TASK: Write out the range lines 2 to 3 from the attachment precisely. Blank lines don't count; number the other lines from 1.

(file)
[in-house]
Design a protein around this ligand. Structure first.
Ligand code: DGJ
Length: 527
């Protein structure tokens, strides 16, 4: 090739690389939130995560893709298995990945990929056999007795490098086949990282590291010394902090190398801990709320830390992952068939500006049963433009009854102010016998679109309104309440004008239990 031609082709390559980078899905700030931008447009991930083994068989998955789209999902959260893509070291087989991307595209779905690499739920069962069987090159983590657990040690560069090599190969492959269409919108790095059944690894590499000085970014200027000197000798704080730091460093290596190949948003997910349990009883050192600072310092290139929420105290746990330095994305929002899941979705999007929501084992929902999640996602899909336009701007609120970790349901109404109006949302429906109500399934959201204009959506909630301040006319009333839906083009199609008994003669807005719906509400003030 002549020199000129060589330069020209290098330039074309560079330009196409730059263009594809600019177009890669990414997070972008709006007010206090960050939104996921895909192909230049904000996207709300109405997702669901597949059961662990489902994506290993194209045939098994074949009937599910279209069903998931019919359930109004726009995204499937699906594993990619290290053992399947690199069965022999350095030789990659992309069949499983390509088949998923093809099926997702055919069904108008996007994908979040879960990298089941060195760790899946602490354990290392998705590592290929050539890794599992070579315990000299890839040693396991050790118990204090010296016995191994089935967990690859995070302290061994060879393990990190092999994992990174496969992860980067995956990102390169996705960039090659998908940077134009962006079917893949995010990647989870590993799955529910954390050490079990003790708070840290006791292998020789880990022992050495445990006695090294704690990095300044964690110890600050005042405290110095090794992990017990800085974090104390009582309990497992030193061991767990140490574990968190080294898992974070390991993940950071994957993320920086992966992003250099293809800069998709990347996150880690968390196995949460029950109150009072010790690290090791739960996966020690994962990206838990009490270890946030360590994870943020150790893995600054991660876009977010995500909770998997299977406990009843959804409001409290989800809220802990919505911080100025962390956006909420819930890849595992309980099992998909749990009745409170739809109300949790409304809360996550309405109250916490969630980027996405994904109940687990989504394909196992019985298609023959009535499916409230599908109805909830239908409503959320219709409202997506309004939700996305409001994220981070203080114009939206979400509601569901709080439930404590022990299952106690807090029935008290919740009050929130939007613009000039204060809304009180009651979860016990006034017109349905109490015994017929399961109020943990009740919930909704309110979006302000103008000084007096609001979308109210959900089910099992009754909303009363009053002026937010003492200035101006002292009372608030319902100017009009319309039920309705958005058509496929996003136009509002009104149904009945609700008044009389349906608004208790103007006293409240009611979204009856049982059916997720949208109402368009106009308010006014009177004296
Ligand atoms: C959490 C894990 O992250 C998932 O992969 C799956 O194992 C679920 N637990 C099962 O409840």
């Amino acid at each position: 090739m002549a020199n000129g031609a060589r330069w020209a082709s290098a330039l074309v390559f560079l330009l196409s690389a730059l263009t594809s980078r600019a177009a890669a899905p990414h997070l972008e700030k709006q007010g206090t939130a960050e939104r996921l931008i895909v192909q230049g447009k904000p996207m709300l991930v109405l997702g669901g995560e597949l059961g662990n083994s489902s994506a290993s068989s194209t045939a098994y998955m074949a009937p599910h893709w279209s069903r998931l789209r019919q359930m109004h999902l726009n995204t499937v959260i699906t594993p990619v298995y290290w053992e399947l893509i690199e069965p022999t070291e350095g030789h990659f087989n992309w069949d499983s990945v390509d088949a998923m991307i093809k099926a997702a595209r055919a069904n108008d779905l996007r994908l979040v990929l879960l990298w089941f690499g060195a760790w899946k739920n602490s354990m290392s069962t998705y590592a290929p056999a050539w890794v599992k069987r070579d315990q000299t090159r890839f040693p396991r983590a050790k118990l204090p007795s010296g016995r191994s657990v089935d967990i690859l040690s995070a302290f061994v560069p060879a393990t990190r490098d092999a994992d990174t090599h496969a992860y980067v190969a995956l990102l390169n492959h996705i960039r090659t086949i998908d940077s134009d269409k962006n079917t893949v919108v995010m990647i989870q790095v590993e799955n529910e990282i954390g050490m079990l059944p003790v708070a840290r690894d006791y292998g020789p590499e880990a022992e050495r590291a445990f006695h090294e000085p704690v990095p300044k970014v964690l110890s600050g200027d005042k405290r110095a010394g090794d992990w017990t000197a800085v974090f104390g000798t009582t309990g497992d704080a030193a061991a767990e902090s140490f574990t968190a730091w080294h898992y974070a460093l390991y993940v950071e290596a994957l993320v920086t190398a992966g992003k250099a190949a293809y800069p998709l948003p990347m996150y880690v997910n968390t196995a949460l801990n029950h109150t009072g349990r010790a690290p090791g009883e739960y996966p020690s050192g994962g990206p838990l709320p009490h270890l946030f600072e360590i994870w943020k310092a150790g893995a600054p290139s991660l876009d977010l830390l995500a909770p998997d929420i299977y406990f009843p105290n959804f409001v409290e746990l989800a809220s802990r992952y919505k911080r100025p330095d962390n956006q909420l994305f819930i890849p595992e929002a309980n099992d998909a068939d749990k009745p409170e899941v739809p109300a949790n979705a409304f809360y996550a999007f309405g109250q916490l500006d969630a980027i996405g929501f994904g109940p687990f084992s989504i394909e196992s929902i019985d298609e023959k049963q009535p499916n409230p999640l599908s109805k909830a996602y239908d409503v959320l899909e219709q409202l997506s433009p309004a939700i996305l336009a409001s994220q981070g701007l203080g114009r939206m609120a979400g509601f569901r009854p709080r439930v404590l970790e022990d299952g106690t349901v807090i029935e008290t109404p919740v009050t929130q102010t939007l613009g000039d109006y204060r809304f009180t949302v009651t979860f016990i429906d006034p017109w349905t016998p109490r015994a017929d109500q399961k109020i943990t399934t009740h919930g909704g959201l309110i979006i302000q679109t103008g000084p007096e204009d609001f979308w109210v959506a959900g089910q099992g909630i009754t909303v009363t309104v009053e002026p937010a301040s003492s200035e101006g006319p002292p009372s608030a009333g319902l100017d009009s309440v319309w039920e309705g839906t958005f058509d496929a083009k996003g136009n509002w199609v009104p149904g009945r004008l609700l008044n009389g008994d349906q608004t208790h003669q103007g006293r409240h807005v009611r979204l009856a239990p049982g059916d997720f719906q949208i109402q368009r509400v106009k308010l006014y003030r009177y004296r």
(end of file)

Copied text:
Design a protein around this ligand. Structure first.
Ligand code: DGJ